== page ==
Wednesday, February 25, 2015

Preparing Students for Online Testing

We are rapidly approaching the point when most students will take most standardized tests online. Of course, the nature of the computer adaptive test is that they are far from standard, as the questions students answer correctly or incorrectly are likely to determine the level and complexity of their next question. I can't suggest any tools that are computer adaptive in that way. But there are several online options for preparing students to take online assessments.

Practice tests available online indicate new tests will likely include multiple choice questions with more than four choices, questions with more than one correct answer, listening passages, questions where students have to explain why they chose that answer, and even questions in a grid format.

Obviously, the first hurdle in preparing students for online testing spaces is getting them online. I can't help you much with that. The access part is up to you. Once you get students online though these are some tools you can use to approximate the experience they may have with an online test. All of them can be customized to the content you are teaching, so none of this should be viewed as test prep. These are just ways of adding more online assessments to your curriculum, so your students will feel comfortable, reading, writing, and thinking critically with a screen and a keyboard.

Thinking with a keyboard. Many students who are not used to using computers struggle to compose writing pieces on a keyboard. Any platform that asks students to type their answers will help with this. Try starting with short answers and working up to longer pieces. If your usual method is to have students write drafts by hand and then type them up, you should consider adding more opportunities for students to compose writing directly on the computer.

Google Forms
These are a great way to introduce students to online assessments. You can create multiple choice questions, as well as a variety of other question types. The one I want to be sure my students practice is a checkboxes question with more than one correct answer. Consider asking your students for the definition of a word that has more than one definition. I made a sample form with a few examples of the kinds of questions you can ask with a Google Form. (Ignore the content, focus on the format.) Paragraph answers in Google Forms are a place students can practice writing answers on the computer. You can also embed pictures and videos into a Google Form for visual literacy practice and some listening practice. More about Google Forms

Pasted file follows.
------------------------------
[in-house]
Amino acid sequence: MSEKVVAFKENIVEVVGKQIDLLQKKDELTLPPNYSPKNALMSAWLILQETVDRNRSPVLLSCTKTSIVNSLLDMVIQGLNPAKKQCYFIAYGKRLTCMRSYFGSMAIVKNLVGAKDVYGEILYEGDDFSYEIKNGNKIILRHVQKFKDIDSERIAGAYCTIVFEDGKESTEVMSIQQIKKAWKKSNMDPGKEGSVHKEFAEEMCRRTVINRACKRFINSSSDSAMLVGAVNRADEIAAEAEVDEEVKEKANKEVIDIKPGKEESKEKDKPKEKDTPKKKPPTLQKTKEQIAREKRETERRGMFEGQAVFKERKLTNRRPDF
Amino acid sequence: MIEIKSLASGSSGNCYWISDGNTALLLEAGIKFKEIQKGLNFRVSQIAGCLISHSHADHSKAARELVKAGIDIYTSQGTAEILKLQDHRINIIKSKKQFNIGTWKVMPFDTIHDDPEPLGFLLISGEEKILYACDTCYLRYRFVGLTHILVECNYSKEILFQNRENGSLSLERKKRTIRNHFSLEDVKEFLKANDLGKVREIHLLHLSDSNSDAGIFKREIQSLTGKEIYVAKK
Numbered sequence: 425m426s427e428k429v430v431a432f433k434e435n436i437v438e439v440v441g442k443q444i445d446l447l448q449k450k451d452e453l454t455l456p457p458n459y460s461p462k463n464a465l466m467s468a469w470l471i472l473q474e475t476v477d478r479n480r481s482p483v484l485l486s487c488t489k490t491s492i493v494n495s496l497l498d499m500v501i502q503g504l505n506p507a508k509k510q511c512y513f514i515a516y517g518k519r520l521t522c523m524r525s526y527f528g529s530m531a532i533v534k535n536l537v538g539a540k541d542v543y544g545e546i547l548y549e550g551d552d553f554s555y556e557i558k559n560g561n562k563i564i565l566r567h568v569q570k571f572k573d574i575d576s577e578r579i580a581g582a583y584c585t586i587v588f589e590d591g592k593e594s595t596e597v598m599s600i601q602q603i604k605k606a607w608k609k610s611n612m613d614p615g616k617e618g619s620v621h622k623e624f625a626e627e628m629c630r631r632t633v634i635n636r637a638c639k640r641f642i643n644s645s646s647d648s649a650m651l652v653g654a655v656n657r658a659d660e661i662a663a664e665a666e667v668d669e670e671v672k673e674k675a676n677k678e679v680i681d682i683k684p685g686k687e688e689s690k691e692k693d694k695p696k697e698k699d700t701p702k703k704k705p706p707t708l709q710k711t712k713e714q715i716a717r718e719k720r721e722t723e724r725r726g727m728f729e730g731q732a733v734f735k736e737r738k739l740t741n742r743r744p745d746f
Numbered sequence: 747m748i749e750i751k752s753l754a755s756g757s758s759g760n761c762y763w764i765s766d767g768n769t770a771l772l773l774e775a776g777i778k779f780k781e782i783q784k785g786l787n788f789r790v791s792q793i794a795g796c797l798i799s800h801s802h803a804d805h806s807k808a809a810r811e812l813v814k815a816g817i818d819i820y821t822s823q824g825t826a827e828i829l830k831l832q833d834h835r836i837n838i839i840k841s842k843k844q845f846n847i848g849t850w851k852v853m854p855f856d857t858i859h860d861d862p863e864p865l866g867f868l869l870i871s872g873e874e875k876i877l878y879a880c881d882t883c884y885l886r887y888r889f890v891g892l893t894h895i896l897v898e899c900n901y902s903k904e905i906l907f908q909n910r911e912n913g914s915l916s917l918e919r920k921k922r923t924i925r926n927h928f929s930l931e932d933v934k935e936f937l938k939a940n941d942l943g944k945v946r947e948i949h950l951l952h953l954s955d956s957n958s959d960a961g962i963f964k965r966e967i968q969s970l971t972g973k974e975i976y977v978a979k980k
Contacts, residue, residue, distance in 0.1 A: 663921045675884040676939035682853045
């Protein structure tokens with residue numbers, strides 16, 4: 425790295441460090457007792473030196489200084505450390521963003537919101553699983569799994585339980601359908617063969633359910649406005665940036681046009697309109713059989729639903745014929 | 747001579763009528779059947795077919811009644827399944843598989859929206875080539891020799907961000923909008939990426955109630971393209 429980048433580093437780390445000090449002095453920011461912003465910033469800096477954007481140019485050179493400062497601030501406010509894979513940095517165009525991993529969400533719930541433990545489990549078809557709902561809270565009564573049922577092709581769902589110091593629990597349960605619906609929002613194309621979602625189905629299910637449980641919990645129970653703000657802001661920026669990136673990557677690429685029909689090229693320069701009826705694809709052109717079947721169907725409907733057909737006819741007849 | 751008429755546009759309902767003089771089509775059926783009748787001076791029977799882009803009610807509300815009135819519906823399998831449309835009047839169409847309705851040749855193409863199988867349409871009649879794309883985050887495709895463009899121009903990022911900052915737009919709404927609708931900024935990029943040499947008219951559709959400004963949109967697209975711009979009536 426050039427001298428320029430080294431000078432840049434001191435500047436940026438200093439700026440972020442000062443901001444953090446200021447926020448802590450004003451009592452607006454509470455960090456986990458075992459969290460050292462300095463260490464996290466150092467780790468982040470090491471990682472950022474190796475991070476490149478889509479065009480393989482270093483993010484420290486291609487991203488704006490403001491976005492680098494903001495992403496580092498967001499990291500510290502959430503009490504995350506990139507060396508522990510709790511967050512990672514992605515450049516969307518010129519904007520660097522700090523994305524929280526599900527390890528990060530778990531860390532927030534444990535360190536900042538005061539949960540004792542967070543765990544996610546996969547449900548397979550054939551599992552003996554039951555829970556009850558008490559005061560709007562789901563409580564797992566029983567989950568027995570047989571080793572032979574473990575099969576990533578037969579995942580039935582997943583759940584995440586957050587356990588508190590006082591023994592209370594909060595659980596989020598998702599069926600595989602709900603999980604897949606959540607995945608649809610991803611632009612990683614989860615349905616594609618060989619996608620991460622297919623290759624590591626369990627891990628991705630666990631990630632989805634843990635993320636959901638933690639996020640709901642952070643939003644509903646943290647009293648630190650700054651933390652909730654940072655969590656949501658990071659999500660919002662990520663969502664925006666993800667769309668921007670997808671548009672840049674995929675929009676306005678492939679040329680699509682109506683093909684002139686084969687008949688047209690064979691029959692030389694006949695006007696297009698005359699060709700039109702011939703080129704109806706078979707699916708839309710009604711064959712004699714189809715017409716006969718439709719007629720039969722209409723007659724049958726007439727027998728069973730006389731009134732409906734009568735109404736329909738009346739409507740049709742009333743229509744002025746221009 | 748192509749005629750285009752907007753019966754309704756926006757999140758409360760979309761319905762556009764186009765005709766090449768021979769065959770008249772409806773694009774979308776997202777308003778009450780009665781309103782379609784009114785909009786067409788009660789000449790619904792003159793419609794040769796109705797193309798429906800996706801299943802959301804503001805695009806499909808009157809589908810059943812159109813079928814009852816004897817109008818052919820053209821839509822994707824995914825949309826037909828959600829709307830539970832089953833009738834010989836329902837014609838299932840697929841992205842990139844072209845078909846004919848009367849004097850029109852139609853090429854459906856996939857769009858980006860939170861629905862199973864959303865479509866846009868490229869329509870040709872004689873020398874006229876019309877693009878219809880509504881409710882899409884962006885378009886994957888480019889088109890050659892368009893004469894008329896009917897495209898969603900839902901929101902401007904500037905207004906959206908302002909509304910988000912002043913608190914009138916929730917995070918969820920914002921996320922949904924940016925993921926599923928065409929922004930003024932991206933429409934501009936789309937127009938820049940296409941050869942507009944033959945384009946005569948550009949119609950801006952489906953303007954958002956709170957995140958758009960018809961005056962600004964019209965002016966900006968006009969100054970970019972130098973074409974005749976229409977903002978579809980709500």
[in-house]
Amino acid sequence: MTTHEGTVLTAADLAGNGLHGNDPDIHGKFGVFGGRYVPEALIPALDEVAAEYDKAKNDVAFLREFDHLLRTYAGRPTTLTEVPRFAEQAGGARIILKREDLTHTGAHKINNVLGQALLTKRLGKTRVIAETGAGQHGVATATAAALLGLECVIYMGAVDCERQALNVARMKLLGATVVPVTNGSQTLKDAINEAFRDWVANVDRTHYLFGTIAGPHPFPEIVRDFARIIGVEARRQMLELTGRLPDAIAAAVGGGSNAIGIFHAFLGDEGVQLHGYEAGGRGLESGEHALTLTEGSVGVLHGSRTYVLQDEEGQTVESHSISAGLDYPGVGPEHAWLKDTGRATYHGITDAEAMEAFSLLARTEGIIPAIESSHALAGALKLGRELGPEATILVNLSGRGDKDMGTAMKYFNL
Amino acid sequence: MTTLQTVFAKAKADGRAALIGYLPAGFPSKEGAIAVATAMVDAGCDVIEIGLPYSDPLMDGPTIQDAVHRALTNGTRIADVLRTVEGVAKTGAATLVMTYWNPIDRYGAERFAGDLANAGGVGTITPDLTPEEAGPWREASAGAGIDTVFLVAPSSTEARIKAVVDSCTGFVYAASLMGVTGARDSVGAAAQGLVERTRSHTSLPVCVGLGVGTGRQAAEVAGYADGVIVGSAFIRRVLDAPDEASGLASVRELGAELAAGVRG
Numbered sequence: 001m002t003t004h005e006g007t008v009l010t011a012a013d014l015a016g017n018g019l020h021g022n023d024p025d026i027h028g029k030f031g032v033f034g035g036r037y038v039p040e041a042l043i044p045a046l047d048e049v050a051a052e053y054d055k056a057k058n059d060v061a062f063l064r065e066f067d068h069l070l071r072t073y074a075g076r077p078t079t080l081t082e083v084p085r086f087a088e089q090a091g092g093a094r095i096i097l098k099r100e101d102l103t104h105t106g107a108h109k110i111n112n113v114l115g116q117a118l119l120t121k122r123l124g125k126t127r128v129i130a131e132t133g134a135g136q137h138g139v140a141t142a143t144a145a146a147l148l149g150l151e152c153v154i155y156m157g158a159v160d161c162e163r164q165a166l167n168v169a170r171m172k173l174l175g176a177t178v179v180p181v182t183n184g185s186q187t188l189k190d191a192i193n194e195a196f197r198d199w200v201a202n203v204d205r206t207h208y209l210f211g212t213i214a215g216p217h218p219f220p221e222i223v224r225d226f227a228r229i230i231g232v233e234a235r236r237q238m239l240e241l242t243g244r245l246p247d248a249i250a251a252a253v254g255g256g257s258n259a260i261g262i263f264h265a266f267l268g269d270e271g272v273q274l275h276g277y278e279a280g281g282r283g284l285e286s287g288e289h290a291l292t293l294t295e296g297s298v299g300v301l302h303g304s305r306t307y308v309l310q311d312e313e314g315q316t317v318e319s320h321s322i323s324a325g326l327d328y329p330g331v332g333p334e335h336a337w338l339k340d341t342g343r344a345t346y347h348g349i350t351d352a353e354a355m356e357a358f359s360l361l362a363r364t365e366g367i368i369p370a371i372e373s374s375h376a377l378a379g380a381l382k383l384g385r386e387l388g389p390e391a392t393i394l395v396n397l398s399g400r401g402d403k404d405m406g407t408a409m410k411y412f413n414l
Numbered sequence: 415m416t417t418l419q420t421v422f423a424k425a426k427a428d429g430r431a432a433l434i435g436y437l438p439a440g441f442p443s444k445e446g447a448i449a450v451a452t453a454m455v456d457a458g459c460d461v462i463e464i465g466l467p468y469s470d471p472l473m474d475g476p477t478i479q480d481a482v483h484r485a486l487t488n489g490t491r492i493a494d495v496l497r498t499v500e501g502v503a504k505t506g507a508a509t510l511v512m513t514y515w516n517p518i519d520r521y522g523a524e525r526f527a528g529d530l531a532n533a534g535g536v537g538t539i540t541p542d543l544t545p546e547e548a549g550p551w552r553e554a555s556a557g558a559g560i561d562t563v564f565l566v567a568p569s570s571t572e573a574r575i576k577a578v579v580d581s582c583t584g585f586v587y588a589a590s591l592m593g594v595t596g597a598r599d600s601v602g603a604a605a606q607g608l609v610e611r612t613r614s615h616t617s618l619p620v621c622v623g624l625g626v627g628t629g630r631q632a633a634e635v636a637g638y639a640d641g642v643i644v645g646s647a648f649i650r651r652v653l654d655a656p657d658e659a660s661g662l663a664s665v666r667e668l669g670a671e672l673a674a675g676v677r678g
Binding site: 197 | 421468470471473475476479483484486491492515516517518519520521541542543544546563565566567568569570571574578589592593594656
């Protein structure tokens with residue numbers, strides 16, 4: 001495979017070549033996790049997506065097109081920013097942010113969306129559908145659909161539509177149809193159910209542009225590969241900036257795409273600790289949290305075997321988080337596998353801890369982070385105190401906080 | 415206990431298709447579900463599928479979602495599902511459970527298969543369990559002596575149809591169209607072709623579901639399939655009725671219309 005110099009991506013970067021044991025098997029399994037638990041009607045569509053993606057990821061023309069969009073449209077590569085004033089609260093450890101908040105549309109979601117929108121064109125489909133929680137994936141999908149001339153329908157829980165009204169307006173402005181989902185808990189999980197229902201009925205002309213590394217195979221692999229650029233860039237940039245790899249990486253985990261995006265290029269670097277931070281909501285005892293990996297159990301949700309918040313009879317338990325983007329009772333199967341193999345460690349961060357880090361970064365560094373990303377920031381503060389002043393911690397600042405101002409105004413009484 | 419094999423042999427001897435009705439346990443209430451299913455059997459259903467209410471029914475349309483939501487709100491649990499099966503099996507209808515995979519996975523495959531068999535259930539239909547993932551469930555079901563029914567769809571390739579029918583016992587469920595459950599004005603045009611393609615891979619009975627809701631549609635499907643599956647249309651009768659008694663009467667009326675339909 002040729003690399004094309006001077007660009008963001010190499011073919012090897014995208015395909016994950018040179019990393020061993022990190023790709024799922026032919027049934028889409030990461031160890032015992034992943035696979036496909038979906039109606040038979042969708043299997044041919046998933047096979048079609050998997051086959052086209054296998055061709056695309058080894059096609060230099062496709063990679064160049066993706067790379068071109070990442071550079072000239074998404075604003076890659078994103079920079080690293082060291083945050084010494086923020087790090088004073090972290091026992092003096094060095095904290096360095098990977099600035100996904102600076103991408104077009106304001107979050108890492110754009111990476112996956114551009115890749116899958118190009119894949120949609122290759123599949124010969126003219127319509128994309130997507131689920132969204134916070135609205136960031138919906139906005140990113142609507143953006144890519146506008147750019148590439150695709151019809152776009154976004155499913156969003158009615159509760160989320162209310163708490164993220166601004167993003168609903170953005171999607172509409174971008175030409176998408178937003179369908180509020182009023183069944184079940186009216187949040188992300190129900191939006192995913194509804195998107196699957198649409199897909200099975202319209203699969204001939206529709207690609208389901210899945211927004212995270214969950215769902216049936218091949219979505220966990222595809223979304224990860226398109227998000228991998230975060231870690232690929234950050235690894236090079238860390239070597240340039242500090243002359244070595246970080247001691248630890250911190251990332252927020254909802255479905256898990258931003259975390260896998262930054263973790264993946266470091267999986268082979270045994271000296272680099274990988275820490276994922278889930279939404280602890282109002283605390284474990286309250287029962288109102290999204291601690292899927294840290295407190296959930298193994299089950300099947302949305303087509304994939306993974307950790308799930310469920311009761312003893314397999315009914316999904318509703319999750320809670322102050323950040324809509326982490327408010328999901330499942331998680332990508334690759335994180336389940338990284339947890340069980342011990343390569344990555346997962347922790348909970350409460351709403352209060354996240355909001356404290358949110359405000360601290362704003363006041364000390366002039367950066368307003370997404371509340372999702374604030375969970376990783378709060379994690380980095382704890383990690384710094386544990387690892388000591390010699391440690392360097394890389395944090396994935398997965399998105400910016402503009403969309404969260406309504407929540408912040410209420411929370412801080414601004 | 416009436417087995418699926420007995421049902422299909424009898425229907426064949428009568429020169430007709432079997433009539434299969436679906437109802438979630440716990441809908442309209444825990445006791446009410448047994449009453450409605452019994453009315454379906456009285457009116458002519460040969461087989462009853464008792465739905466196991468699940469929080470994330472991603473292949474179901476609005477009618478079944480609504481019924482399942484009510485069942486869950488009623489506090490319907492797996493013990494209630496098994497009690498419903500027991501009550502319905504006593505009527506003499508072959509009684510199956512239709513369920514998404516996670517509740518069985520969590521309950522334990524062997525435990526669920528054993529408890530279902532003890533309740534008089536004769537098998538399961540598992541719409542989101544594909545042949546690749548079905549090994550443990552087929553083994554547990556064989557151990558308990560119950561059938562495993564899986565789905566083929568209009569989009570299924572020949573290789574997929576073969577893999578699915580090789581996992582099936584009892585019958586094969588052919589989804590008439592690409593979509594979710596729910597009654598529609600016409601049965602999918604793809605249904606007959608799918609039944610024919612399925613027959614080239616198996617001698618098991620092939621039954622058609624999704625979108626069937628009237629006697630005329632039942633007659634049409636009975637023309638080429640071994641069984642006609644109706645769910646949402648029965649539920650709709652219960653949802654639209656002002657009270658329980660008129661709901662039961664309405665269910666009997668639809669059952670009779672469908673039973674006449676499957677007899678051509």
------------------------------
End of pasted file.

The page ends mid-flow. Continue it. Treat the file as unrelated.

Listen Current
Listening passages, where the student hears the text, but does not read it are another type of assessment I've seen on practice tests. To give students practice with this we need to give students things to listen to. TED talks are popular, but the video component means it's not purely audio. Listen Current is a site that creates curriculum materials to match audio content from NPR. With a wide range to choose from, there is bound to be material that matches the content you are teaching and gives students practice with listening.

Newsela.com
Reading from a screen is another skill students may need to practice. Newsela.com is a way to give students practice reading non-fiction and for many of the articles there are also quizes that give students more experience with online assessment. (And don't miss the lexile level adjustment buttons.)

Other Useful Tools
There is a proliferation of online tools teachers can use to customize online formative and summative assessments, give students practice reading on line, and encourage a digital comfort zone that will reduce the technical challenges of measuring student achievement with computerized assessments.
Socrative, Nearpod, and Formative

Monday, February 23, 2015

Photo Apps for Sharing Classroom Pics

I like to share pictures from my classroom, but I am also very aware that I don't want to post pictures of student faces. These are my favorite apps for modifying photos from my classroom to obscure student faces before I post them.

Tangled FX ($1.99)
With lots of options and customizations, TangledFX is my go to app for creating stylized versions of my classroom.

Percolator ($2.99) Beautiful circles create an abstract version of life in my classroom.

Bokeh Lens ($.99) Quickly mask off an area to remain sharp and then blur the rest. Intensify the blur strength until the student is not identified. This works best if what you are trying to show is in the foreground of the picture.

Touch Blur (Free)  It's a little creepy to blur out their faces, but sometimes that's just what you need.

Oil Painting Effect (Free)

And my favorite...

CatBomb (Free)


With a little app practice you can share beautiful images of the learning in your classroom, without actually using student faces.